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Last Updated: Monday, 8 November, 2004, 11:20 GMT
Sperm's solution to promiscuity
Image of sperm
A sticky solution to sperm wars
Nature is fighting back in response to female promiscuity by producing a biological 'sperm' chastity belt, say US scientists.

Semen becomes more sticky to act as a plug, thereby preventing sperm from competitors impregnating females who sleep around, they found.

The Howard Hughes Medical Institute team, along with colleagues from Chicago and Kansas City, studied humans, monkeys and gorillas.

The findings appear in Nature Genetics.

Sperm competition is an evolutionary arms race
Dr Allan Pacey, Senior Lecturer in Andrology at the University of Sheffield

The researchers examined the semen of 12 different species of primates.

In species where the females were most promiscuous, the males had developed several strategies to ensure they would be the male most likely to father any offspring and pass on their genes.

As well as having larger testicles and producing more sperm, the semen was more sticky.

Chimpanzees, for example, which are a promiscuous species, had more advanced evolution of a gene controlling the stickiness of semen than gorillas, which tend to be monogamous and stay faithful to their partner for life.

Humans were midway between, suggesting that while women are nothing like as promiscuous as chimps, neither are they as faithful as gorillas.

Sticky solution

Lead researcher Dr Bruce Lahn said: "The idea is that in species with promiscuous females, there's more selective pressure for the male to make his semen more competitive.

"It's similar to the pressures of a competitive marketplace.

"In such a marketplace, competitors have to constantly change their products to make them better, to give them an edge over their rivals - whereas, in a monopoly, there's no incentive to change."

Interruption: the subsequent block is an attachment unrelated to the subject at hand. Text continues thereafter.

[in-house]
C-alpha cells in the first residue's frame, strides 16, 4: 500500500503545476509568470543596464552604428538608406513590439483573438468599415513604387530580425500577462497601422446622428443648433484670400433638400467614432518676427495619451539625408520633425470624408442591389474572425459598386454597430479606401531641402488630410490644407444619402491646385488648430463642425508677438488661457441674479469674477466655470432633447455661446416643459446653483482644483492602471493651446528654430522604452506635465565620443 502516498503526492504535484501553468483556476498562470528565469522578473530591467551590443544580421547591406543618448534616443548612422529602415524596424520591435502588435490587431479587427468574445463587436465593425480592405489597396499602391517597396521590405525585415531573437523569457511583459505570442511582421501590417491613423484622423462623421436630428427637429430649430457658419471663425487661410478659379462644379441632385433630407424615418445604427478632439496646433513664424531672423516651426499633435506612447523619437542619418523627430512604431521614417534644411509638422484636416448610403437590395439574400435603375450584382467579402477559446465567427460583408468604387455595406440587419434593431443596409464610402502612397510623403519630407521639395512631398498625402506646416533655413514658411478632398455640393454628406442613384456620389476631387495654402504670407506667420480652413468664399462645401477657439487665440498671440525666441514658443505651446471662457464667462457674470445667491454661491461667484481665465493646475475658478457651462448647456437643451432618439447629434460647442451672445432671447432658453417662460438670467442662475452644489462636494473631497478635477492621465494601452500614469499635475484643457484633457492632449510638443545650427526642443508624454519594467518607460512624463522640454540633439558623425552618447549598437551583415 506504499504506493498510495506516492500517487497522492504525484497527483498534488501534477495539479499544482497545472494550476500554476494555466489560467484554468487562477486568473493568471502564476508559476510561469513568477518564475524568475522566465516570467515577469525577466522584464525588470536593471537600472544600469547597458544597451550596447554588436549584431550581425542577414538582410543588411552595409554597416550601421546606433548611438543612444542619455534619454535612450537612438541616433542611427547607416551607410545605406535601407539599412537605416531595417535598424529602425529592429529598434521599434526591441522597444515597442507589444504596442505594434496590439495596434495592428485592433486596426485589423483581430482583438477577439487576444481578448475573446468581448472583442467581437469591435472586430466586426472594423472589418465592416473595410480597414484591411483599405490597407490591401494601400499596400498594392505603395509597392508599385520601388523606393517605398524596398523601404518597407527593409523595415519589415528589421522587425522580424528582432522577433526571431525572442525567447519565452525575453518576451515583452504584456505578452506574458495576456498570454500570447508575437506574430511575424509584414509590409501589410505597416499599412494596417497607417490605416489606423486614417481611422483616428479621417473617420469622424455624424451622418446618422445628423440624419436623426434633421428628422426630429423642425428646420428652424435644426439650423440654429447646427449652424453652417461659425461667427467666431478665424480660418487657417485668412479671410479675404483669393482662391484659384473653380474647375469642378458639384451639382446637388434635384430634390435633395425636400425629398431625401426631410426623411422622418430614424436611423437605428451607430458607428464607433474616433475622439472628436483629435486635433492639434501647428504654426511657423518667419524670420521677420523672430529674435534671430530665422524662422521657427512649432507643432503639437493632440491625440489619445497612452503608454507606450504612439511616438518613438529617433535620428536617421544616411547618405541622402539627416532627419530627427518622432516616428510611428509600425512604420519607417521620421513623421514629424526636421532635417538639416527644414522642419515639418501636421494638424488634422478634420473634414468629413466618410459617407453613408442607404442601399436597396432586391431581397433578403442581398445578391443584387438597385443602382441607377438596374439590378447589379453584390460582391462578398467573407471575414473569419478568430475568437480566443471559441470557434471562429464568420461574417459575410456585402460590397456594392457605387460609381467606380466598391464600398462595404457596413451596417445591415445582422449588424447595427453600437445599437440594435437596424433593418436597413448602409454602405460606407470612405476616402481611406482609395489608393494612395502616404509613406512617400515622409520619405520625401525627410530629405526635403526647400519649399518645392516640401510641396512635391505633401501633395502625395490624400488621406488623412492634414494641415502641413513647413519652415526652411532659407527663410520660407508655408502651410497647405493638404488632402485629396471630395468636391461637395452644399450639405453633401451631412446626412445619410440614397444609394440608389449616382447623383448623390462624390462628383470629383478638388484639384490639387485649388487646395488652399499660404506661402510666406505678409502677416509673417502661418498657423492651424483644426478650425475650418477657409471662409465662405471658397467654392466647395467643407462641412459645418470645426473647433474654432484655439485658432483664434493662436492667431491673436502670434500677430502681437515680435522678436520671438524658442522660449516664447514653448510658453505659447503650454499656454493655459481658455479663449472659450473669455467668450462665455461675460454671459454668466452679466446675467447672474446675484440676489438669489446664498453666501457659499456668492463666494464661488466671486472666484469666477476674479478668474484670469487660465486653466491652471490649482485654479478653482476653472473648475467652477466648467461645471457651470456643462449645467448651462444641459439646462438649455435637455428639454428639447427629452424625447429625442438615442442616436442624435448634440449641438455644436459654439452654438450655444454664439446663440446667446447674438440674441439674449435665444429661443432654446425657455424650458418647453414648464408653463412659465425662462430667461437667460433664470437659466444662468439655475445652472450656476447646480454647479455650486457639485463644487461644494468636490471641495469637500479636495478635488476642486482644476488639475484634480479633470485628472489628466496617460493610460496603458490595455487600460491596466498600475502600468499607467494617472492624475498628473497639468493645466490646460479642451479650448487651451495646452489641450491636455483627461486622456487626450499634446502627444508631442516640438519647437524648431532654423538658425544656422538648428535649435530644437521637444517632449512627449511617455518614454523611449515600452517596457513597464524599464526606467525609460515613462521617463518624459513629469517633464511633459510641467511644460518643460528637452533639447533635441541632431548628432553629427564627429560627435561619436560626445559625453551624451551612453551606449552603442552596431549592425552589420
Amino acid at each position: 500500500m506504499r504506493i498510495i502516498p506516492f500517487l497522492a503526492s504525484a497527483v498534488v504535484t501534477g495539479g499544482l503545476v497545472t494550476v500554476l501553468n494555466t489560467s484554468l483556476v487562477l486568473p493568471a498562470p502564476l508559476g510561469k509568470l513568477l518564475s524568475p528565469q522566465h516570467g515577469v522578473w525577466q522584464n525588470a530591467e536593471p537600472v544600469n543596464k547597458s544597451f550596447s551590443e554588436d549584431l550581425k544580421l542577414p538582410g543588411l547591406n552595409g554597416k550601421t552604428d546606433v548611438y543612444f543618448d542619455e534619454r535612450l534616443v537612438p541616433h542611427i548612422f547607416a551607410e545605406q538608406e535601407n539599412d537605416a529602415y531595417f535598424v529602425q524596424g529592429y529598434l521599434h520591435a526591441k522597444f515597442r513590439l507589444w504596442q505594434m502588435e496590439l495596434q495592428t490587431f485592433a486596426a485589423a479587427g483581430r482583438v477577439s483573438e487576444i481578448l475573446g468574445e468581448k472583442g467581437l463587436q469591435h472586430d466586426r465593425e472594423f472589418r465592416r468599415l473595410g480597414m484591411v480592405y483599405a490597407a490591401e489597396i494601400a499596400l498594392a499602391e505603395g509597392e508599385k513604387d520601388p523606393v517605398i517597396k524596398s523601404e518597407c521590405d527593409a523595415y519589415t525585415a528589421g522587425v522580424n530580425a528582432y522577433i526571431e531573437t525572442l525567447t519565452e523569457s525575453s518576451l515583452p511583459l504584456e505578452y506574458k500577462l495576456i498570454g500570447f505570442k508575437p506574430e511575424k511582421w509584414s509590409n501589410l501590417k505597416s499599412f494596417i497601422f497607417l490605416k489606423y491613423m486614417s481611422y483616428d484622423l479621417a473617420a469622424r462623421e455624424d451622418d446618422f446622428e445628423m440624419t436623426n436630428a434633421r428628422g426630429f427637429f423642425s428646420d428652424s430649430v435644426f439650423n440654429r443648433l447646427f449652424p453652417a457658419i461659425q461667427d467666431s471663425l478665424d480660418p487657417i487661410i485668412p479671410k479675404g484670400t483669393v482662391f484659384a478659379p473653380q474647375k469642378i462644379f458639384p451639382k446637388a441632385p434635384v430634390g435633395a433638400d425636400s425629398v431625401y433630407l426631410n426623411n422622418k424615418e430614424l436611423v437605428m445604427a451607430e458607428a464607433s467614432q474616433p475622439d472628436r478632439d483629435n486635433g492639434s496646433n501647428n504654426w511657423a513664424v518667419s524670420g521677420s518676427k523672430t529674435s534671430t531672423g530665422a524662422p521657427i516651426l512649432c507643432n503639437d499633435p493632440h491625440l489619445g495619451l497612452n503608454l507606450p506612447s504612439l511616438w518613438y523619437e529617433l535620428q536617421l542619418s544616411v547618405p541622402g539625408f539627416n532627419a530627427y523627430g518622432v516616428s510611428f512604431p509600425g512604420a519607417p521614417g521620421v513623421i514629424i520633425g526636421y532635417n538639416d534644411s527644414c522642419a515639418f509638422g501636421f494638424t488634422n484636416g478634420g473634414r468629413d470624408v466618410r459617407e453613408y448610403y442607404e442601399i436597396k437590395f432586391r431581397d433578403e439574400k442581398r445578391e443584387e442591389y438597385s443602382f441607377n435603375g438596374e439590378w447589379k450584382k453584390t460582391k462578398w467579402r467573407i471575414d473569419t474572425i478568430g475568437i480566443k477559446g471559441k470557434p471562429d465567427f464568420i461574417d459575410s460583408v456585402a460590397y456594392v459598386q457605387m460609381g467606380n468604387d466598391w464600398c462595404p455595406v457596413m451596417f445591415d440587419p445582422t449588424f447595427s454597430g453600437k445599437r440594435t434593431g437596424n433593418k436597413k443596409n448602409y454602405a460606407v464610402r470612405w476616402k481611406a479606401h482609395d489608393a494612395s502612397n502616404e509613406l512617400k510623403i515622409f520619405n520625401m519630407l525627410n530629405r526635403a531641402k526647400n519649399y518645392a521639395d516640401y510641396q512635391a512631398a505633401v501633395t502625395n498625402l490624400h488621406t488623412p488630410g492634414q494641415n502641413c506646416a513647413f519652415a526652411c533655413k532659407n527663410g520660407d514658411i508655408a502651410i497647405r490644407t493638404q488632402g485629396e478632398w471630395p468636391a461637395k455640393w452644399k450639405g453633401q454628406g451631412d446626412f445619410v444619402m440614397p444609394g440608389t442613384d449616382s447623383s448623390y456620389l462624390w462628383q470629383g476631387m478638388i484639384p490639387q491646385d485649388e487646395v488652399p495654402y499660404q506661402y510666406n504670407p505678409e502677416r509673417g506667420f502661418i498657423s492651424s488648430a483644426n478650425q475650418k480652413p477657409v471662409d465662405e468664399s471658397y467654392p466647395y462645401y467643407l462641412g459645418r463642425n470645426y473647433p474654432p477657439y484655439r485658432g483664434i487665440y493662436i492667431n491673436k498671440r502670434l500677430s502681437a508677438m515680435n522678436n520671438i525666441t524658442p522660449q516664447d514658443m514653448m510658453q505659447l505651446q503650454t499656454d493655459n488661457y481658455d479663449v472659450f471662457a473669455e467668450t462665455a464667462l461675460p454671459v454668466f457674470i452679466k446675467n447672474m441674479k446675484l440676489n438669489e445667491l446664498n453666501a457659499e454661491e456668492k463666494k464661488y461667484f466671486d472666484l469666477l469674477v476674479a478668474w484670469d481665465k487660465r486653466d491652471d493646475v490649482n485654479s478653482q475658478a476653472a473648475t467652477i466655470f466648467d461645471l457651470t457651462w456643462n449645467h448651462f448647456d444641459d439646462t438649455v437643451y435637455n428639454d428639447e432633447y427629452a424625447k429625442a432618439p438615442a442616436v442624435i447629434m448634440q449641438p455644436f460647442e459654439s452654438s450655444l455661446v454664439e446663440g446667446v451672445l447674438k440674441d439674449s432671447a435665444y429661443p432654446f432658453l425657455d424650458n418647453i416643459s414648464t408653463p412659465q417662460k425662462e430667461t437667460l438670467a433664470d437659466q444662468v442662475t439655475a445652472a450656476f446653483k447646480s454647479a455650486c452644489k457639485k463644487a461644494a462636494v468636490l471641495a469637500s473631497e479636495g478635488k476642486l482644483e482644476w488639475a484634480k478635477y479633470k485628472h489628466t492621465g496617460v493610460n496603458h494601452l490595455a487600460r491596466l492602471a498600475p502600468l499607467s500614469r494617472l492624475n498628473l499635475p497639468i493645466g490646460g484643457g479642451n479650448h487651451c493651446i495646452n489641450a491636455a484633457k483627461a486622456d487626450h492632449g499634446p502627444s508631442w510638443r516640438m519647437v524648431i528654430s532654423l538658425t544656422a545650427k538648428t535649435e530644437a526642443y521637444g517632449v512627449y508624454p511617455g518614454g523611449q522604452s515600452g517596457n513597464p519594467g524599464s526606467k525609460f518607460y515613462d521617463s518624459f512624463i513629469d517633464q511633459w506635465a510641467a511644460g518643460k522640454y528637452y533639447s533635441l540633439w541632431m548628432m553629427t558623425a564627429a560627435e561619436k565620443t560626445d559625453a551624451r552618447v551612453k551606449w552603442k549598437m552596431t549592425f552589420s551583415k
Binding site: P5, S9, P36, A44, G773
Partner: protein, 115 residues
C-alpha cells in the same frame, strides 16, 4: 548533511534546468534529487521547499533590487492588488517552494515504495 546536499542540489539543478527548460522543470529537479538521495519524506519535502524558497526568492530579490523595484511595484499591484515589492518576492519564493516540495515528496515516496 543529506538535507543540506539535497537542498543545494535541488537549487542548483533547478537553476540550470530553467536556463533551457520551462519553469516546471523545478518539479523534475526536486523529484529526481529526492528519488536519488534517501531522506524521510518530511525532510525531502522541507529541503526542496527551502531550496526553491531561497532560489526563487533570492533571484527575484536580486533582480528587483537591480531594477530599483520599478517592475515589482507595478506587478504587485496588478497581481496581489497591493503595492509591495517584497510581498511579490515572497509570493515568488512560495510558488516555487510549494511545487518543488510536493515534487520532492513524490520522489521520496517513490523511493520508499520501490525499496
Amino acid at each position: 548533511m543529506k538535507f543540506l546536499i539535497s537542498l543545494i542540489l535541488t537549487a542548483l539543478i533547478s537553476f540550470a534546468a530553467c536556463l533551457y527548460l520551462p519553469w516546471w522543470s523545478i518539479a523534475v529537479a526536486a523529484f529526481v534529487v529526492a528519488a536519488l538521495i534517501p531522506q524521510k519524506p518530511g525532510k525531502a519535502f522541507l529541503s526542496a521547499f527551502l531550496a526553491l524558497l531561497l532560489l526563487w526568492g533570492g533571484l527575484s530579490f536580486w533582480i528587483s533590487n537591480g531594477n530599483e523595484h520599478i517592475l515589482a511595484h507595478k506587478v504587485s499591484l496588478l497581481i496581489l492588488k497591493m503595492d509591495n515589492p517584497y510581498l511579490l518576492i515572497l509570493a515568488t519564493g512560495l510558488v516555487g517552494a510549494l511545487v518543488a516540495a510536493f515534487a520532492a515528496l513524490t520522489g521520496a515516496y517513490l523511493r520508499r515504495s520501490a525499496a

The gene in question is called SEMG2 and controls the production of a component of semen, called semen coagulum, that acts like a glue.

In the most extreme cases, its effects were so pronounced that the semen became a solid plug - effectively a chastity belt.

Dr Allan Pacey, Senior Lecturer in Andrology at Sheffield University and member of the British Fertility Society, said: "We know that genes controlling reproductive processes are some of the most rapidly evolving in the animal kingdom.

"Clearly, successful conception is not solely about the quality or quantity of the sperm inseminated - subtle aspects of semen biochemistry, or aspects of the physiology of the female reproductive tract, are just as important.

"Sperm competition is an evolutionary arms race, with males developing increasingly sophisticated strategies to tip the balance towards successful conception and at the same time hinder the chances of rival males."

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